The castle soon developed into powerful fortress. On occasion it was also used as a prison. King Charles 1 was briefly held captive there during the Civil War.

Jackie walking through arch

Having begun our tour in the Victorian section, we turned back and walked through the gateway to the Tudor original building.

Stone steps 1

The stone steps leading up to the first floor were reasonably manageable.

First floor walls and window 2First floor walls and window 1

We wandered around the large circular room with its stone floors, mixed material walls,

Window

and reinforced windows.

Sailor figure

A young sailor had been left behind by his ship.

Stone steps 2

Ascending the outside wall was a further set of steps that were much more daunting;

Spiral staircase

through a door at the top of this flight, a spiral staircase became ever steeper.

Toby in doorway

Having reached the highest level a notice advised us to lower our heads. This involved almost crawling through the doorway. Young Toby, probably the only person up there who could stand upright, was delighted to provide my photograph with a sense of scale. He was rather chuffed to learn that his photograph would go round the world this evening.

The Solent currents

 

From this viewpoint Jackie notice a peculiar meeting of currents in The Solent;

West Wing

and we were able to look down on the West Wing, where we then enjoyed a wholesome lunch in the café.

Lighthouse parts

Of the many other exhibitions and displays of information, were a number on the lighthouse;

Bofors gun

a Bofors 40mm gun, designed in the 1930s, which was still in service in 2013, making it one of the longest serving artillery pieces of all time.

Garrison theatre

We were fascinated by the Garrison Theatre which is possibly the last such establishment to survive from the Second World War.

ENSA notice

ENSA, or the Entertainments National Service Association, was known to the squaddies as Every Night Something Atrocious.

Apart from signing off in my usual manner, I have to leave the trip there, and report on the return home tomorrow.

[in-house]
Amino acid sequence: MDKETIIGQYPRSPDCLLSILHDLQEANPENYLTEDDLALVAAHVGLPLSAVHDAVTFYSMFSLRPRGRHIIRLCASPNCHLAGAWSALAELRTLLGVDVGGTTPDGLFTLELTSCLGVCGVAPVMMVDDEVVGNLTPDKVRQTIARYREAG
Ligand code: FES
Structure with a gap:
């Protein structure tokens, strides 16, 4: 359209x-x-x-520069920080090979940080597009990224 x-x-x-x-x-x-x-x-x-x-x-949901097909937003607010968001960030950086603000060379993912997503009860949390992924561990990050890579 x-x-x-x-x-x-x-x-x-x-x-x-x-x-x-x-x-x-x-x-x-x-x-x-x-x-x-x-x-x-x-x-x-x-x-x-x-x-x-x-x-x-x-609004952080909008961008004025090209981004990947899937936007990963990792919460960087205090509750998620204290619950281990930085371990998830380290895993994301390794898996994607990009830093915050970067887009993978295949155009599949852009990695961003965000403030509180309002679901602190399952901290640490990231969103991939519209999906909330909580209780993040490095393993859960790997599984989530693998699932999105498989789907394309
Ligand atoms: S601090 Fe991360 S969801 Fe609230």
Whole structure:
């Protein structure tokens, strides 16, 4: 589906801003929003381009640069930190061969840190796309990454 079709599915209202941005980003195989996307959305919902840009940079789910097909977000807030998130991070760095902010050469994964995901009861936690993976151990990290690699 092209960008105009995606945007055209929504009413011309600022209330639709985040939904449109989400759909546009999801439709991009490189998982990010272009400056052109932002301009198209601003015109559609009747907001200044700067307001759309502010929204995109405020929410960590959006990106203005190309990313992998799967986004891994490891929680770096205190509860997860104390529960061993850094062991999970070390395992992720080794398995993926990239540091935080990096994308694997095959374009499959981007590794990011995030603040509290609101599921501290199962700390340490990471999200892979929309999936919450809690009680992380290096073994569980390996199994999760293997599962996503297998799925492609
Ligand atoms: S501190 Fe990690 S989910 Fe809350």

This evening we dined on Jackie’s splendid penne pasta arrabbiata with which she drank Hoegaarden Anno 1445, and I drank Giulio Pasotti Bardolino Classico 2016.

 

 

 

 

 

 

 

 

 

 

Guided Tour Of Sturt Pond

CLICK ON IMAGES TO ENLARGE. REPEAT IF REQUIRED

Despite the heat today, Jackie continued with planting and weeding. I cut up branches from a tree Aaron had begun removing yesterday, and stuffed them into orange bags,

Late this afternoon Giles collected me and drove me to the bird hide overlooking Sturt Pond at New Milton.

Birds on Sturt Pond and static caravans

There we were able to observe the birdlife on the water between us and the static caravans opposite.

Swans taking off and landing 1Swans taking off and landing 2

This tranquil scene was soon to be disturbed by a pair of swans playing ducks and drakes.

Common tern on rock 1Common tern on rock 2

My friend and I employed quite an interesting arrangement. Giles would spot something of interest through his binoculars. I relied on the naked eye and had to be guided so I could point and click at something I couldn’t see. Take, for example, the common tern on the rock. Starting from the pale blue parasol to the right of the caravans, I would be expected to drop down to the reflected gull immediately below this and turn left at right angles to the next bird along.

Common tern on rock 3

My trust in Giles was rewarded.

The Bill Smith Tern Raft

The Bill Smith Tern Raft floats in the pond. After a ten-year development stage, the Milford Conservation Volunteers (MCV) finally launched the Bill Smith Tern Raft at Sturt Pond and the very first bird to land on it was a common tern, which also determinedly removed a herring gull who also took up temporary residence on the craft. Keith Metcalf, Conservation Manager, stated “Bill, with his band of volunteers, was a stalwart for maintaining the Solent Way footpath and this small tribute to Bill will be a lasting memorial to the services he gave so readily to the local community”. Today the raft belonged to the gulls. (See Paul Clarke’s comment below – the bird to the left is a tern)

Sparrows

A pair of young sparrows had popped over from the village in the hope that someone may have filled the empty bird feeders.

Shelducks

In the bottom left corner of this photograph are a pair of shelducks.

Sturt Pond and Hurst Castle

Across the pond lies Hurst Castle with its lighthouse.

Sturt Pond's birds

We left the hide and walked round to the bank of the pond.

Oystercatcher

An oystercatcher,

Oystercatcher in flight

finding nothing tasty, took flight.

Little terns and black-headed gull 1

Two little terns shared a rock, whilst, behind them a common tern searched for prey;

Little terns and gulls

another gull studiously ignored them;

Little terns and black headed gull 2

and one more went fishing,

Little terns and black headed gull 3

prompting one of the terns to nip off and bring back a fish for his mate.

Cormorants and black tailed godwit 3Cormorants and black tailed godwit 1

Black tailed godwit

With a pair of cormorants on a rail in the background, we watched a black tailed godwit scavenging along the shore. Giles observed that this specimen had been left behind when all its companions had left our waters because it had an injured right leg.

(Any errors of identification are entirely the responsibility of the author.)

This evening we dined on Jackie’s tasty chicken tikka, onion and mushroom rice, and salad. She drank Hoegaarden, and I drank more of Jessie’s superb chablis.